Even question papers are used as arenas from where communal bias can be taught. As recently as in August last year, a question paper in the Gujarat Public Service Commission examination for Ayurvedic medical officers had queries that included ones such as the following: "Which day is observed as ‘Black day' by minorities and ‘Victory day' by the Sangh Parivar?" The choice given is: "September 11, January 26, July 2 and December 6." The last option was the day the Babri Masjid in Ayodhya was demolished, an event that was followed by communal violence in several parts of the country.

No place for the Mahatma

Apart from concentrating on Hindu stories and customs, the textbooks also reflect the government's preferences in the way it idolises revolutionaries who fought for India's freedom. Nirantar's abstract has this to say about the subject: "While Gandhi emerges as the moral educator of the nation, embodying religious/moral virtue and spiritual strength, his role in positing a viable alternative to that of power and violence is not emphasised… Overall, aggressive nationalism is promoted as a model of anti-colonial resistance, as well as against terrorism in recent times."

If revolutionaries earn considerable column space in the textbooks, it is merely a reflection of the way the majority community perceives the Mahatma in his own home state. Achyut Yagnik, activist and co-author of the book The Shaping of Modern Gujarat (Plurality, Hindutva and Beyond), points out that an anti-Gandhi sentiment is being whipped up across Gujarat. Sects such as Swaminarayan, which hold considerable influence over the Hindu Gujarati society, are against Gandhi because of his philosophy of non-violence, explains Yagnik.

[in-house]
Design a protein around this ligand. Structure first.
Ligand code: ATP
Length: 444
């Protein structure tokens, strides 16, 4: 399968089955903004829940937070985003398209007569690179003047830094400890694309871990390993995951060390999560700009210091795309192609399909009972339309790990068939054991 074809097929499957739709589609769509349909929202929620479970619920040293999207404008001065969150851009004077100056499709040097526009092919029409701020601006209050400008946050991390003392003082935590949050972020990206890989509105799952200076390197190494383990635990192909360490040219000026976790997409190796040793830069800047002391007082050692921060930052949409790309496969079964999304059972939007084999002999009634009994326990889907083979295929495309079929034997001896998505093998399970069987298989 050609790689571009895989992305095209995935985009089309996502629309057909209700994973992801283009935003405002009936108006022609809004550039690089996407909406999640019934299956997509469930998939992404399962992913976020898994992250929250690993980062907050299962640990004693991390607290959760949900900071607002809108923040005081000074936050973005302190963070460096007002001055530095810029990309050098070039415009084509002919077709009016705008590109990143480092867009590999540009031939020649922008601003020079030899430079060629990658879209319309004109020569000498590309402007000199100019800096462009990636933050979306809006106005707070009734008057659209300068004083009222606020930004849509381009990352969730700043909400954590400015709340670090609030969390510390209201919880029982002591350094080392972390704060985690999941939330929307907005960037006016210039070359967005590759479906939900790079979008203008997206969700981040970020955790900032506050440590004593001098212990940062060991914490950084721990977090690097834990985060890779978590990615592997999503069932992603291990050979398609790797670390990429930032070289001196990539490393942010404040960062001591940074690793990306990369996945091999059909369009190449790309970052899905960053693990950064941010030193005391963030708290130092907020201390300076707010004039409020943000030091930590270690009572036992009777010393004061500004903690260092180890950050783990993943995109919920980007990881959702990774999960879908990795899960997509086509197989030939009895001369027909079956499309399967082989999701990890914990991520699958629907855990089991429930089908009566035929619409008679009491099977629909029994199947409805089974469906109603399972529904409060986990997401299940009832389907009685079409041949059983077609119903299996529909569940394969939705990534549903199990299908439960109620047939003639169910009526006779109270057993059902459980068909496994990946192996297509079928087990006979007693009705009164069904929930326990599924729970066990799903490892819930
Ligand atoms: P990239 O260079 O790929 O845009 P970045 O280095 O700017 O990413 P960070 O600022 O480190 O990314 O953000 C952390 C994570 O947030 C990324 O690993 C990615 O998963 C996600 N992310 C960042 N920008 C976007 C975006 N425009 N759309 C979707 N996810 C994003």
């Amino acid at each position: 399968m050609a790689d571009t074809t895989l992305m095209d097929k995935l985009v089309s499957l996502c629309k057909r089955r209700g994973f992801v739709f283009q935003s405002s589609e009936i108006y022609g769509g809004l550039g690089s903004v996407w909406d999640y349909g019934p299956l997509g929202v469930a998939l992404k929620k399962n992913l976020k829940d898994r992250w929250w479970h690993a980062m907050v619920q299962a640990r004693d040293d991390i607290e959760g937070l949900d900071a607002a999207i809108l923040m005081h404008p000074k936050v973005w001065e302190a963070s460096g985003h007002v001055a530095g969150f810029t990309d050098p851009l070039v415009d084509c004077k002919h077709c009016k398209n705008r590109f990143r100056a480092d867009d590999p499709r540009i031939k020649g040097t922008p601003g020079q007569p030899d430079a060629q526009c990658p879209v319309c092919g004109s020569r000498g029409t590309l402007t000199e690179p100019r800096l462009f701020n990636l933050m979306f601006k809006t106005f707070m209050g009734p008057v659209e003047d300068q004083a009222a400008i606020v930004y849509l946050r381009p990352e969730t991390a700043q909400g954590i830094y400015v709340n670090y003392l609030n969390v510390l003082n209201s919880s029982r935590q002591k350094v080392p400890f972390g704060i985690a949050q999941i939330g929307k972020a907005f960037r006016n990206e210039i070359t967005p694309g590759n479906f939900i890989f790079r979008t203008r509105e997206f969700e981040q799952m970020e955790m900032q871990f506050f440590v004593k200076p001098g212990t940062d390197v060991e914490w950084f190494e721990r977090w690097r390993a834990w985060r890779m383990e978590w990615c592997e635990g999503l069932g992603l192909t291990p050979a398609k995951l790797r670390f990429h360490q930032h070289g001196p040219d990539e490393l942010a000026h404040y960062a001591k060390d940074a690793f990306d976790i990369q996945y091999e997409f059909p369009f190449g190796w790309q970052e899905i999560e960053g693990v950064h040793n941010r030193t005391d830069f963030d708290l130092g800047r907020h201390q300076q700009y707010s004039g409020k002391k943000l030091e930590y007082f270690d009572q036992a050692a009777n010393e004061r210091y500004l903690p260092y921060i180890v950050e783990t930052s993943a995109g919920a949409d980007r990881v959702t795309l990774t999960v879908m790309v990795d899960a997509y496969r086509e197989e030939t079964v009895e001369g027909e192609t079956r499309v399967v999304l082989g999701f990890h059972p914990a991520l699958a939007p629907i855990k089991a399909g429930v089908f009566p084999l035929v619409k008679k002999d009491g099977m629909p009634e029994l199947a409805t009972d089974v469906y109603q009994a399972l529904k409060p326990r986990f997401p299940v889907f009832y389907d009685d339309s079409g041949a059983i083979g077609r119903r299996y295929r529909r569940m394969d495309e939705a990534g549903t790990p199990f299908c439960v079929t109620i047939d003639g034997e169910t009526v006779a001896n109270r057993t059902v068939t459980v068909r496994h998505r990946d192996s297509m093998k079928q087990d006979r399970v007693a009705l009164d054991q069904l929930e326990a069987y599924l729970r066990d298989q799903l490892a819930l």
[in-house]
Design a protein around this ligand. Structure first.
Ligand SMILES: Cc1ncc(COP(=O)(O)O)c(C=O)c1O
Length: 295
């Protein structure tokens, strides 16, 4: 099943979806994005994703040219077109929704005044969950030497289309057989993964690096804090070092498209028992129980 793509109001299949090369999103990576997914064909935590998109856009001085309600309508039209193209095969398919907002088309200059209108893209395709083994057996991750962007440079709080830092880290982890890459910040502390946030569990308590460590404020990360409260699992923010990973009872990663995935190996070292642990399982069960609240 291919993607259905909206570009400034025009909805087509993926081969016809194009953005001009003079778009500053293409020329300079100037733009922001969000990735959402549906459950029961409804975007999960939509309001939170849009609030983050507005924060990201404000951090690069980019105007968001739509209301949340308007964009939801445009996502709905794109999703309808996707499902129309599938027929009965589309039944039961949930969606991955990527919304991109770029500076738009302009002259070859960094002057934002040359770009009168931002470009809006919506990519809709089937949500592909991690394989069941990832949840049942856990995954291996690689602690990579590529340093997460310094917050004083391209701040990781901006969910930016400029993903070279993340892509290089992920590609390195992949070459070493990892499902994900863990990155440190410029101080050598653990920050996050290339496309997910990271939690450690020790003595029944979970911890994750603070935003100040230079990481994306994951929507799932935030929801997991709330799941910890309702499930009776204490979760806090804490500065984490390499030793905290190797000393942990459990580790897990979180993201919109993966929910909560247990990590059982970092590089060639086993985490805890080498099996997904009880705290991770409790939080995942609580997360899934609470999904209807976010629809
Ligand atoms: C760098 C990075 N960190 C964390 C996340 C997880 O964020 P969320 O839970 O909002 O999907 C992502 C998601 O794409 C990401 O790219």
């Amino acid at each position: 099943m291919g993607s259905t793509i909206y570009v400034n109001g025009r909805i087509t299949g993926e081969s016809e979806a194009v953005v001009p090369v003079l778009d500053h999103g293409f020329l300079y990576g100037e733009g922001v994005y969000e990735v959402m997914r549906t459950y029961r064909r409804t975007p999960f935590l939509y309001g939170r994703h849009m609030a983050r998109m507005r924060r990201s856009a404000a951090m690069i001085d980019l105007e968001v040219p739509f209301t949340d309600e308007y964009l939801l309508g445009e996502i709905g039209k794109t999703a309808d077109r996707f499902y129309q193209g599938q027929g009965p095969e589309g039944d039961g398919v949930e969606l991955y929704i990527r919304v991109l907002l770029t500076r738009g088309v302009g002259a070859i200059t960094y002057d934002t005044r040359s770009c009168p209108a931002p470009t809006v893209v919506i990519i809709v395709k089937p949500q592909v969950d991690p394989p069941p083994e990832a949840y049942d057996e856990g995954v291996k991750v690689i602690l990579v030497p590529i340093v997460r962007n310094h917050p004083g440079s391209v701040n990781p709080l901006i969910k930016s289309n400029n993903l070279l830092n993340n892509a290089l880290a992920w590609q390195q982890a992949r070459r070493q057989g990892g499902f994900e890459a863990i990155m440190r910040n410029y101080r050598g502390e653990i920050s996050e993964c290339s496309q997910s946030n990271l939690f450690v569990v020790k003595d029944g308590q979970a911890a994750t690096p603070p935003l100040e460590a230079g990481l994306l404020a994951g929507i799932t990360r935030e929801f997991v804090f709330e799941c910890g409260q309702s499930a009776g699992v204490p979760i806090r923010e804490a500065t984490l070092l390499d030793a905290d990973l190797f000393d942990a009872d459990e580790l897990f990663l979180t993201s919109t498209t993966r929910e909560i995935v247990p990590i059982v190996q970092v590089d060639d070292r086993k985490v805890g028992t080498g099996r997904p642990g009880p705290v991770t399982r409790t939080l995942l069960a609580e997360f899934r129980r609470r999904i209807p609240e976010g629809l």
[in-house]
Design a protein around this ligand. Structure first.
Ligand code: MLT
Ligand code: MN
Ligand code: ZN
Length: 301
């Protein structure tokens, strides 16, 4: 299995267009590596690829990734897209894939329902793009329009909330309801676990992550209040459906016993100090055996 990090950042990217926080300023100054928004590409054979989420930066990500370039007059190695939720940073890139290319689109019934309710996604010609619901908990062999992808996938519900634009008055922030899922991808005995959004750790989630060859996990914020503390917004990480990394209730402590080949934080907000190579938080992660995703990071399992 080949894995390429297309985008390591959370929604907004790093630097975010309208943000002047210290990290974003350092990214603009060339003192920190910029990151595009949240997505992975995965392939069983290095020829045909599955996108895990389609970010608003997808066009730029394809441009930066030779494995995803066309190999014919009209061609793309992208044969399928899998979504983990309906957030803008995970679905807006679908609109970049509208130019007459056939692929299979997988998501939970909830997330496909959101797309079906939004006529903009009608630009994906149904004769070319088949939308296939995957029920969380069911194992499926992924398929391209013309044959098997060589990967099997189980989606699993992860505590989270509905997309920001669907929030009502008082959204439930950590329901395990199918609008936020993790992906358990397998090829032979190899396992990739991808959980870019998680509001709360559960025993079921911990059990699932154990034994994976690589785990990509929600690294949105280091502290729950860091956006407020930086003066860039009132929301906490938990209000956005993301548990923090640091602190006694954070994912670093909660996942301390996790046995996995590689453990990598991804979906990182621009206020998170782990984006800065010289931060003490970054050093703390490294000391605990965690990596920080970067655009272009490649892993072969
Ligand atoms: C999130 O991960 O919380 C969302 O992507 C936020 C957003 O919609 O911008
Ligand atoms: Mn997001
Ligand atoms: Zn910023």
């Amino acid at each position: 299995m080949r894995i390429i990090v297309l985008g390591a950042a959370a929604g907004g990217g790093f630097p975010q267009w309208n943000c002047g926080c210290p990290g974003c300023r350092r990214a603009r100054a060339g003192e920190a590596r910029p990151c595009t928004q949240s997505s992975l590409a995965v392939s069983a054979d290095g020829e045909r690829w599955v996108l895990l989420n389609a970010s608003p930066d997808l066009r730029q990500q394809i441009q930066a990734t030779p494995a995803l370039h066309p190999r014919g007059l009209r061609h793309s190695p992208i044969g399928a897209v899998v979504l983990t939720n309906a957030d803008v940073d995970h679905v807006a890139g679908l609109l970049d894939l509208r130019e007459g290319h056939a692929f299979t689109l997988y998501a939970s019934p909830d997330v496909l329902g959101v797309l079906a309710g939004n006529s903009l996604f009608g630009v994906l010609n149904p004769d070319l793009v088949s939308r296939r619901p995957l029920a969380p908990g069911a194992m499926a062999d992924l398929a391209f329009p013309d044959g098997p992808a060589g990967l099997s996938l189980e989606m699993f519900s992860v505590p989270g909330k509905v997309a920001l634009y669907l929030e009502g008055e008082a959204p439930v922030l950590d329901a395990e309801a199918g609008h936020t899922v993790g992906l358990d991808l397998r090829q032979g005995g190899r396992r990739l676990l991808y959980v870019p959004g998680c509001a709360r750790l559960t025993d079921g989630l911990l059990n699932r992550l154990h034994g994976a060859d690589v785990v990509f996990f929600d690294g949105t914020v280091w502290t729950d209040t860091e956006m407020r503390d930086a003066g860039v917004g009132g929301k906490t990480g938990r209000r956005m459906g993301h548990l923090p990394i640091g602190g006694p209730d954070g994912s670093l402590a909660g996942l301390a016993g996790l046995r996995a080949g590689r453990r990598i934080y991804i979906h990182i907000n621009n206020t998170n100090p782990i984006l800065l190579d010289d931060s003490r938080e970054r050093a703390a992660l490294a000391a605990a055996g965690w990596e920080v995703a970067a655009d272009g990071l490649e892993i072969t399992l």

Little wonder then that the standard eight Social Science textbook has a sub-head that describes the "negative aspect" of Gandhi's non-cooperation movement. The textbook says, "A large number of students left schools and colleges, teachers resigned their jobs in large numbers. Well-known lawyers like Chittaranjan Das, Motilal Nehru, Vallabhai Patel, Rajagopalachari, Rajendra Prasad and many others left their legal practice and devoted the remaining years of their lives to the service of the nation." For the textbook board, all this apparently added up to make a negative impact.

Population, terrorism and other issues

The textbooks echo ‘concerns' that the Gujarat Chief Minister Narendra Modi has publically voiced. For instance, Modi has called population growth a "national crisis", and suggested that newly married couples take a pledge not to have children before they are 25 and after they are 30. Faithfully depicting his viewpoint, textbooks in various standards devote paragraphs on the problem of population explosion, calling better healthcare and widow remarriages as reasons for this. The standard nine Social Science textbook, for instance, has a chapter on population, which goes thus: "The birth rate has gone higher during three decades due to several reasons, such as high level of illiteracy, child marriage, encouragement for widow remarriage, agrarian economy, ineffective attempts to reduce birth-rate, social taboos, and poverty etc."

Clip from Social Science textbook, standard nine.

In a chapter in the standard eight Social Science textbook, under a sub-head about the rational usage of resources, there is another explanation: "Man has reached pinnacle of achievements through proper use of science and technology. In medical field also, man has gained extraordinary achievements. Child birth has become safe, so the birth-rate has increased. Longevity is also raised. Growth of population has become faster. As a result, the reserves of natural resources are getting exhausted. This affects adversely on progress."